On top of the above, you should never rely on title only, see The title attribute

Relying on the title attribute is currently discouraged as many user
agents do not expose the attribute in an accessible manner as required
by this specification (e.g. requiring a pointing device such as a
mouse to cause a tooltip to appear, which excludes keyboard-only users
and touch-only users, such as anyone with a modern phone or tablet).

but… by no adding it, you get this:

If this attribute is omitted from an element, then it implies that the
title attribute of the nearest ancestor HTML element with a title
attribute set is also relevant to this element. Setting the attribute
overrides this, explicitly stating that the advisory information of
any ancestors is not relevant to this element. Setting the attribute
to the empty string indicates that the element has no advisory
information.

You must use both elements whenever possible, but there are some specifications and special rules you should follow

Is it possible to change the Alt value inside the image.html.twig template?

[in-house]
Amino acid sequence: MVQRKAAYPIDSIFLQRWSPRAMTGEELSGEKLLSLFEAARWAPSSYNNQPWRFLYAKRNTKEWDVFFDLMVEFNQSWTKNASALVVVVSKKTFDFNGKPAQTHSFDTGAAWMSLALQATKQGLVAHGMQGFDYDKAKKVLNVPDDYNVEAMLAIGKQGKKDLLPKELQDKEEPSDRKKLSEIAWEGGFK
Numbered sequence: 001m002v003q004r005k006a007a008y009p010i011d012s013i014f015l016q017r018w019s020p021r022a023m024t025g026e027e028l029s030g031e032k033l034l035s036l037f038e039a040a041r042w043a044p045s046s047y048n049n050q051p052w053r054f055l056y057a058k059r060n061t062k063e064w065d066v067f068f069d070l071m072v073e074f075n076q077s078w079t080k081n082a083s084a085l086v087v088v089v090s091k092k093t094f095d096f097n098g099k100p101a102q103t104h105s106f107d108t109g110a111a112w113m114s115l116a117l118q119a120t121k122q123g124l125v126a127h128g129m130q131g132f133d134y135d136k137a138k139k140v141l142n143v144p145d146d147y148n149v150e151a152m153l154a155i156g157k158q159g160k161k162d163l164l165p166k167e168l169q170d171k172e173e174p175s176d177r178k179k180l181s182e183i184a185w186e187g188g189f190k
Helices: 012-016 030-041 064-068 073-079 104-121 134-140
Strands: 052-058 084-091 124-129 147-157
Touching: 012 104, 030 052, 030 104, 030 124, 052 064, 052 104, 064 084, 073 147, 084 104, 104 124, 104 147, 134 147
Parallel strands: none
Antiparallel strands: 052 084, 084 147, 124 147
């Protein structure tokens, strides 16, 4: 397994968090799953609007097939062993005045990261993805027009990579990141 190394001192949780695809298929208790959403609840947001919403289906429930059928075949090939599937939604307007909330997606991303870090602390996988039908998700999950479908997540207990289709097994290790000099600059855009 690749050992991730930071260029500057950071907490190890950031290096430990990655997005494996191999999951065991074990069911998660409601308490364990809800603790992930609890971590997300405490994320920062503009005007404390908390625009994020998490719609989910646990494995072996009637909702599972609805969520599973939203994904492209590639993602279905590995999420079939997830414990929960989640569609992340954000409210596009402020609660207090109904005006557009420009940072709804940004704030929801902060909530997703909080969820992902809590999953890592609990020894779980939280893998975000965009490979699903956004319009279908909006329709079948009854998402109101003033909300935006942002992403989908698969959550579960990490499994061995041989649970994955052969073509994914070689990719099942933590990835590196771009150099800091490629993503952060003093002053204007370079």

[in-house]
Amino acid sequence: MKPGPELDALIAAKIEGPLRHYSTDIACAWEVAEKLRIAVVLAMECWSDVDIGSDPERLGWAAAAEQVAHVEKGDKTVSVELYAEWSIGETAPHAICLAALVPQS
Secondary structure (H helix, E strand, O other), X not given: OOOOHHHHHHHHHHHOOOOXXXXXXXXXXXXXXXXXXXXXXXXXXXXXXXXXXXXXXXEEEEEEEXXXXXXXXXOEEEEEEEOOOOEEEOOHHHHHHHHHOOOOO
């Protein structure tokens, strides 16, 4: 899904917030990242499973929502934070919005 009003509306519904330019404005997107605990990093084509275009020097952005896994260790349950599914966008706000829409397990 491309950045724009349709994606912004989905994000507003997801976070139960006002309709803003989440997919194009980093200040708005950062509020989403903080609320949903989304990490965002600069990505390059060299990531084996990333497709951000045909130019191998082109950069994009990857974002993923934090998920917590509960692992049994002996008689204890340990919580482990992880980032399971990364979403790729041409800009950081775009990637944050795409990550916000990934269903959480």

Is it possible to change the alt value inside the image.html.twig template?
I found out that it can be accessed via attributes.alt. And then there is a protected value. Is there a way to set it?

Something like:

{% set attributes.alt.value = 'new alt' %}

html – Will Google Images ignore images with empty alt text?

You can put images that are just decorative into a HTML document like this, by setting their alt text to nothing:

<img src="decorative.png" alt="" />

This means that screen readers won’t announce the image, and that if the image doesn’t load, it won’t show anything.

My question is, will Google Images ignore these images as well, and will it hide them in search results?